The flight was diverted more than 500 miles away to Timisoara in northwest Romania. Passengers were then offered transport on an “old bus” to complete the journey, which many refused, the Independent reported.

Eventually the Greek government sent an aircraft to fly the remaining passengers in.

Many Twitter users poked fun at Ryanair over its practice of flying to airports that are some way from the supposed destination, for example, flying to Beauvais, which is more than 50 miles north of Paris, instead of a closer airport to the French capital.

Twitter user Wayne Kavanagh asked Ryanair how much it was charging BA for the book “because you not giving it away for free”, a reference to Ryanair’s habit of charging customers extra, for example, to print boarding passes.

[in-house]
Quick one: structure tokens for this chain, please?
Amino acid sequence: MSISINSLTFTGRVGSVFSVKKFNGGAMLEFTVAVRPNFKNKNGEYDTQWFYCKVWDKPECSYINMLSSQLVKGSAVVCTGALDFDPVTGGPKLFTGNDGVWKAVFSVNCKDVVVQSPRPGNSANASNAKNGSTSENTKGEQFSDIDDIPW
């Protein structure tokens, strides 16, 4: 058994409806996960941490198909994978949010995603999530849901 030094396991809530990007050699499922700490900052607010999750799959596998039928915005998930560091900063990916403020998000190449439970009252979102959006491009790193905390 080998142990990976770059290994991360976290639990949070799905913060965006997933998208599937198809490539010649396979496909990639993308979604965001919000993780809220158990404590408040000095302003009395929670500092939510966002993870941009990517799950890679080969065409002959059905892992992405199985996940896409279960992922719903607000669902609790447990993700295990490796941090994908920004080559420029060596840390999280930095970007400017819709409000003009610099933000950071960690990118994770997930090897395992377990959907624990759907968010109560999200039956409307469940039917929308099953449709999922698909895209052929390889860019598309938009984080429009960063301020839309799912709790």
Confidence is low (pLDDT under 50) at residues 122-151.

In January Ryanair was named the UK’s least-liked short-haul airline for the sixth year running after a survey by consumer group Which?.

Passengers were not impressed by industrial action, boarding processes, seat comfort, food and drink, and cabin environment, the consumer group said.

At the time, Ryanair said passenger numbers had grown 80% in the previous six years, and that reflected what people want “much more than an unrepresentative survey of just 8,000 people.”

British Airways declined to comment for this story.

Ryanair would not comment.

EARLIER: British Airways flight lands in Scotland instead of Germany by mistake

A British Airways flight destined for Düsseldorf in Germany has landed in Edinburgh by mistake, after the flight paperwork was submitted incorrectly.